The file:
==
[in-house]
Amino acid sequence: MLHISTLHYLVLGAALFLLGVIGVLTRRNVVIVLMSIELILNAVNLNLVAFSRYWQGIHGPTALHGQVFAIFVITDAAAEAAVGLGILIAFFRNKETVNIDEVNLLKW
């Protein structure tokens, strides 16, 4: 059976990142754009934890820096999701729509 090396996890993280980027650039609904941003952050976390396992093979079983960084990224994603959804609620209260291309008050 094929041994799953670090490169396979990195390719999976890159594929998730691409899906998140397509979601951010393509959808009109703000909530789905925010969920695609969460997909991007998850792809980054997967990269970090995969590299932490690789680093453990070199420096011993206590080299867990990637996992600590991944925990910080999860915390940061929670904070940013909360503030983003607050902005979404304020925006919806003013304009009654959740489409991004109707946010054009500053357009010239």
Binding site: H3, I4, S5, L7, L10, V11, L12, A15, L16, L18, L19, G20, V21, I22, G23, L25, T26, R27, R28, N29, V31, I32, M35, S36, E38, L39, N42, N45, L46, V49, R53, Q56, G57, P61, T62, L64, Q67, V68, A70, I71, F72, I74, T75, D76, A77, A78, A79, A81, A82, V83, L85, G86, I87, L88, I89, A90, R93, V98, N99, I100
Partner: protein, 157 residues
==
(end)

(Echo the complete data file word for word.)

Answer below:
[in-house]
Amino acid sequence: MLHISTLHYLVLGAALFLLGVIGVLTRRNVVIVLMSIELILNAVNLNLVAFSRYWQGIHGPTALHGQVFAIFVITDAAAEAAVGLGILIAFFRNKETVNIDEVNLLKW
């Protein structure tokens, strides 16, 4: 059976990142754009934890820096999701729509 090396996890993280980027650039609904941003952050976390396992093979079983960084990224994603959804609620209260291309008050 094929041994799953670090490169396979990195390719999976890159594929998730691409899906998140397509979601951010393509959808009109703000909530789905925010969920695609969460997909991007998850792809980054997967990269970090995969590299932490690789680093453990070199420096011993206590080299867990990637996992600590991944925990910080999860915390940061929670904070940013909360503030983003607050902005979404304020925006919806003013304009009654959740489409991004109707946010054009500053357009010239």
Binding site: H3, I4, S5, L7, L10, V11, L12, A15, L16, L18, L19, G20, V21, I22, G23, L25, T26, R27, R28, N29, V31, I32, M35, S36, E38, L39, N42, N45, L46, V49, R53, Q56, G57, P61, T62, L64, Q67, V68, A70, I71, F72, I74, T75, D76, A77, A78, A79, A81, A82, V83, L85, G86, I87, L88, I89, A90, R93, V98, N99, I100
Partner: protein, 157 residues